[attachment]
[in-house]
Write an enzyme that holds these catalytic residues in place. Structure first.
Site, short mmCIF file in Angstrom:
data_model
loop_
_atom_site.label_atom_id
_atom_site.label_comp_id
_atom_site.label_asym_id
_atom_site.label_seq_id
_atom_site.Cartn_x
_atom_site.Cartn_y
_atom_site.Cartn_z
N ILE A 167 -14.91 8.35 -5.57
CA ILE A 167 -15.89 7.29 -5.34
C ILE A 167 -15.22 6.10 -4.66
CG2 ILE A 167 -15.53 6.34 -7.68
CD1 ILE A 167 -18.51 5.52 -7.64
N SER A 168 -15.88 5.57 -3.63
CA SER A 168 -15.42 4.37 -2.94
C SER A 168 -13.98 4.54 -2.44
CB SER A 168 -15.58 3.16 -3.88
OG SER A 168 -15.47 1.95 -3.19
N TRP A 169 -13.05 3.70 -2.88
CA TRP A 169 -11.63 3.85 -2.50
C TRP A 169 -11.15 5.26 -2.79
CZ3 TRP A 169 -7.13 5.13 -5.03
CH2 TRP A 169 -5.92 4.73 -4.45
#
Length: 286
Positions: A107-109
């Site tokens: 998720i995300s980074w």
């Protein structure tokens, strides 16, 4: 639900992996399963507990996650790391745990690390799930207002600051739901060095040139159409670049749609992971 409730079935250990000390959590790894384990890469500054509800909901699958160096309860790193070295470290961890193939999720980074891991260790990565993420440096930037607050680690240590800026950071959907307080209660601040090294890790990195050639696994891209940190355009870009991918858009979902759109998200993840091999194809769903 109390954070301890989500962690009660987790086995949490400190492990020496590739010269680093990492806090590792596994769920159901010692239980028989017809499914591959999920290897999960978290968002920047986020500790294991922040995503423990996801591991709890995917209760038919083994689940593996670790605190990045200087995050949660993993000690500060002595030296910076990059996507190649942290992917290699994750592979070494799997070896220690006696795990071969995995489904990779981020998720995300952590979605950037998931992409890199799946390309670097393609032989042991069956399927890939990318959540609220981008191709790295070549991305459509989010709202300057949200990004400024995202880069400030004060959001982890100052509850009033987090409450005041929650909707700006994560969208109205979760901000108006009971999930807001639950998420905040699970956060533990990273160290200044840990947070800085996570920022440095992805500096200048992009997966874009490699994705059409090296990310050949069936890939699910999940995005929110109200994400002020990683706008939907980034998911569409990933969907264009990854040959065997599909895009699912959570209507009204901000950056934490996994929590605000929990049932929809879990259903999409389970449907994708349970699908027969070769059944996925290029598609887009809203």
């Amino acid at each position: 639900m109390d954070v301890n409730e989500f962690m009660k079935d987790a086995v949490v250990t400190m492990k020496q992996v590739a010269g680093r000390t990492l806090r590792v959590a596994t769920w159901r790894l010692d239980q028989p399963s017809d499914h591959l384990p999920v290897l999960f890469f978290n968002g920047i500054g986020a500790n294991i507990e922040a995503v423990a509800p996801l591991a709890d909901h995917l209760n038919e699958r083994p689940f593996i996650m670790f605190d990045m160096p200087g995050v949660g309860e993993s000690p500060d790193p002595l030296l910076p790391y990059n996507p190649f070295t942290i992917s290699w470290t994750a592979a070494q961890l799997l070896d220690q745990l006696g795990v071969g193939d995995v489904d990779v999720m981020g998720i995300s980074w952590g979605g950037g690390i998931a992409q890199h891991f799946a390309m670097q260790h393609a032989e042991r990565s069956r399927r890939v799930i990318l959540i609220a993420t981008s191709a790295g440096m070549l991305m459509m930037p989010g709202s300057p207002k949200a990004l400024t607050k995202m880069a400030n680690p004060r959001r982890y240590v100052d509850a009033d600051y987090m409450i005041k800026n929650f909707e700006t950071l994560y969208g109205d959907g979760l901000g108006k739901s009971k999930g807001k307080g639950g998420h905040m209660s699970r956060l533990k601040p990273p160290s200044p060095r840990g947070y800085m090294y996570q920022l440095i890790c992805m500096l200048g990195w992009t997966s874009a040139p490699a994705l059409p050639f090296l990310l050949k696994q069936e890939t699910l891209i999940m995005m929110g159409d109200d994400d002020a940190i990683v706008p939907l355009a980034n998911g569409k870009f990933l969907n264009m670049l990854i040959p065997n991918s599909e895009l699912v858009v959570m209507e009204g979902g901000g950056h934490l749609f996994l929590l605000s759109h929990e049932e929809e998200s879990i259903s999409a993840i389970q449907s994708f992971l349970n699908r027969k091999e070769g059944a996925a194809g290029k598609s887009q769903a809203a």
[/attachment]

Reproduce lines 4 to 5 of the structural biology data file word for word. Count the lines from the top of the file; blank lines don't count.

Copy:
data_model
loop_